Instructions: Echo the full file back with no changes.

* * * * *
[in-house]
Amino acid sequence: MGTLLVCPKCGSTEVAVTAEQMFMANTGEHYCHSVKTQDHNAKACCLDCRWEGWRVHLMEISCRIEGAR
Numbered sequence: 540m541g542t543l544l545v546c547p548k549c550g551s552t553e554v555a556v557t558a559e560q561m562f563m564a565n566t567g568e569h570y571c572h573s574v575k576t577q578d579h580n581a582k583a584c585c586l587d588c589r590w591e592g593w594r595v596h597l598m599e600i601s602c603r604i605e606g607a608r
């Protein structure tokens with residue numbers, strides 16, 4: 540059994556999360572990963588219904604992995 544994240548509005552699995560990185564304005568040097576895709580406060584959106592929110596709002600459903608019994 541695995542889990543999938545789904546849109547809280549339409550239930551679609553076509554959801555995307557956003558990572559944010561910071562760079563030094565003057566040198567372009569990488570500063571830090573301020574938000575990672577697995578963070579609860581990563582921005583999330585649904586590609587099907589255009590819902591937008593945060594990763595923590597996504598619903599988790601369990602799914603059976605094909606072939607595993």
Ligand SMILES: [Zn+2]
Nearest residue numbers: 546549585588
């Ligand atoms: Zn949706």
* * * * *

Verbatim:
[in-house]
Amino acid sequence: MGTLLVCPKCGSTEVAVTAEQMFMANTGEHYCHSVKTQDHNAKACCLDCRWEGWRVHLMEISCRIEGAR
Numbered sequence: 540m541g542t543l544l545v546c547p548k549c550g551s552t553e554v555a556v557t558a559e560q561m562f563m564a565n566t567g568e569h570y571c572h573s574v575k576t577q578d579h580n581a582k583a584c585c586l587d588c589r590w591e592g593w594r595v596h597l598m599e600i601s602c603r604i605e606g607a608r
């Protein structure tokens with residue numbers, strides 16, 4: 540059994556999360572990963588219904604992995 544994240548509005552699995560990185564304005568040097576895709580406060584959106592929110596709002600459903608019994 541695995542889990543999938545789904546849109547809280549339409550239930551679609553076509554959801555995307557956003558990572559944010561910071562760079563030094565003057566040198567372009569990488570500063571830090573301020574938000575990672577697995578963070579609860581990563582921005583999330585649904586590609587099907589255009590819902591937008593945060594990763595923590597996504598619903599988790601369990602799914603059976605094909606072939607595993």
Ligand SMILES: [Zn+2]
Nearest residue numbers: 546549585588
């Ligand atoms: Zn949706």